Interviews Jun 28, 2016 | 11:09 AMby Colin McGourty

Karjakin on his preparation for Carlsen

Sergey Karjakin will take on Magnus Carlsen in the Bilbao Masters in two weeks’ time, though it’s of course just a dress rehearsal for the big one – the 2016 World Chess Championship match in New York this November. In a recent interview the challenger talked about that match and how it’s affecting his tournaments this year.

Sergey Karjakin in Shamkir, where he said he went into energy-saving mode | photo: Shamkir Chess 2016

Sergey was talking to his manager Kirill Zangalis for the Russian sports paper Sport-Express:


You’re now subject to constant attention, but you’ve withdrawn a little into the shadows. Has the boom in popularity after your Candidates victory died down?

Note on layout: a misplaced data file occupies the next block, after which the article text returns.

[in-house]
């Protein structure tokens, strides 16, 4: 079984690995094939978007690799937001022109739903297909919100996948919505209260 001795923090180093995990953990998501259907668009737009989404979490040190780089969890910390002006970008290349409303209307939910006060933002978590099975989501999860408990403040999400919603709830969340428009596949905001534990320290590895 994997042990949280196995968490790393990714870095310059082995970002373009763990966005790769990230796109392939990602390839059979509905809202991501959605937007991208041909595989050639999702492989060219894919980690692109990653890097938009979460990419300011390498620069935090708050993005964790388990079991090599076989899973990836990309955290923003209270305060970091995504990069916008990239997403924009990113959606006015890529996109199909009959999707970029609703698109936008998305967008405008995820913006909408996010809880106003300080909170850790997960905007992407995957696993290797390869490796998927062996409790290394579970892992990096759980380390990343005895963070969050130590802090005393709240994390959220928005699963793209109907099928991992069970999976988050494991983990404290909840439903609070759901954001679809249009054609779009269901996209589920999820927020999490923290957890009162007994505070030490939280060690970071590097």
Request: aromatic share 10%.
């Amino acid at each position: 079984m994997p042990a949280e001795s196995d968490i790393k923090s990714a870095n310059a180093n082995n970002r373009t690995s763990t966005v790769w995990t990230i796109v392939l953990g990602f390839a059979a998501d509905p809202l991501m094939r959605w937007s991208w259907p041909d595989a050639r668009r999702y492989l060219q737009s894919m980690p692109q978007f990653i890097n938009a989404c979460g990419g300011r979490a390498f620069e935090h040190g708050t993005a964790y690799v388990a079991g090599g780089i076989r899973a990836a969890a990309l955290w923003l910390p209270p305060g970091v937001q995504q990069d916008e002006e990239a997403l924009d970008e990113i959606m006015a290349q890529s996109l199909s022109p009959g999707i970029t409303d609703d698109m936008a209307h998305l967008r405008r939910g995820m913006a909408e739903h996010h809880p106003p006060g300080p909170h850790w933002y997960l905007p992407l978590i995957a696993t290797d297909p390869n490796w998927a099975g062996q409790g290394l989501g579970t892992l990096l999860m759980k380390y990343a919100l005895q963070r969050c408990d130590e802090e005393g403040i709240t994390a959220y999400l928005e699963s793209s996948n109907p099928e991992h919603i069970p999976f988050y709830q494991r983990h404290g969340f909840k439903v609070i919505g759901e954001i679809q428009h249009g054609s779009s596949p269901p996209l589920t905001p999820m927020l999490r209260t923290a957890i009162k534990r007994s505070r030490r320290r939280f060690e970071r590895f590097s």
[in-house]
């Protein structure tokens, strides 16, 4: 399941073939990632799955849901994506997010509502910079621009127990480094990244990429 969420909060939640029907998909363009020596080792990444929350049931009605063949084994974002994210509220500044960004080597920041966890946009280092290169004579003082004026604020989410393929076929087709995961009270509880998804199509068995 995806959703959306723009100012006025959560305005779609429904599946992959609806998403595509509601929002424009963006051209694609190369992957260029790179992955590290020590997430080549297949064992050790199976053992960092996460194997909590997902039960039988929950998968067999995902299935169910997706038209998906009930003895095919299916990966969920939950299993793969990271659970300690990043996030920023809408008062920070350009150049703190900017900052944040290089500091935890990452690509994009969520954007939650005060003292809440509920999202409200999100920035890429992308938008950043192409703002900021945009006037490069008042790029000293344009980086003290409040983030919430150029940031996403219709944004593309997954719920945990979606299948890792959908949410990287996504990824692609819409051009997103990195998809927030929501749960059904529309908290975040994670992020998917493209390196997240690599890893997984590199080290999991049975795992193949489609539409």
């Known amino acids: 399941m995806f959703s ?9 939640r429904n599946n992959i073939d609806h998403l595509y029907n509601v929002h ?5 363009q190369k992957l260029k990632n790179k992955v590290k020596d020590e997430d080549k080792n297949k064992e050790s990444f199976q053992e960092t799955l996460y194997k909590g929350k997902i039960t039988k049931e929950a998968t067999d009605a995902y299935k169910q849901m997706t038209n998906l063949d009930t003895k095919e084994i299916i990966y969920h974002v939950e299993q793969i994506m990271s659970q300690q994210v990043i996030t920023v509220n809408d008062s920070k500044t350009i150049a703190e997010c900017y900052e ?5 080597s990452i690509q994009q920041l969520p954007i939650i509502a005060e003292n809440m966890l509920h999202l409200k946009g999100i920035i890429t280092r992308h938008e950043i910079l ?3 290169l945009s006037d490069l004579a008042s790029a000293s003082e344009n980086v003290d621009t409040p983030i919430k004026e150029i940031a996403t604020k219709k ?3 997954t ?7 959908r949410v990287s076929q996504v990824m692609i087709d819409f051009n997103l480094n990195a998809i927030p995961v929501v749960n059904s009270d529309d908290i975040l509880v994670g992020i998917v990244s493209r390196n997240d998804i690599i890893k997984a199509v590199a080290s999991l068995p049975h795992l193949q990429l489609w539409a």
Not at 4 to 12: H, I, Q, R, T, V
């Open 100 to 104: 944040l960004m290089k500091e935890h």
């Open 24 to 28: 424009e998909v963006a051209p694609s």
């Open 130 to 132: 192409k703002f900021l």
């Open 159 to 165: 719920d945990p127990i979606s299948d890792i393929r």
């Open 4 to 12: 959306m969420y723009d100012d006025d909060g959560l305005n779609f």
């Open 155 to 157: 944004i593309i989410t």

It’s fine, you know. I was giving too many interviews as it was, and appeared too often on TV. I had to turn down invitations to all kinds of talk shows, but that’s normal – part of the job. And now there’s a different job entirely – hard, tense, but in some senses also a pleasant job. After all, together with my team I’m preparing for a World Championship match. The very thought of that encounter forces me to work more fruitfully. Everything is now going according to plan. At the moment I’m at a training camp in the base of the Ministry of Sport on the outskirts of Moscow.

You played in the Shamkir supertournament. Fourth place wasn’t the best of results.

Karjakin recovered after an early loss to Giri, but didn't manage to fight for first place - see all the games

I’ve been doing this job for a long time – you might even say I became a professional at the age of 12 – so it strikes me I know how you need to prepare for this or that event. Shamkir is a wonderful place, with top organisation and a good line-up, and the tournament is in memory of my friend Vugar Gashimov. So I agreed to play – I couldn’t do otherwise. But then, reaching +1, I nevertheless switched on energy-saving mode. I didn’t set myself the goal of claiming the first prize. After all, I can’t afford to display my full strength now. I need to disguise things a little and hold back novelties for November.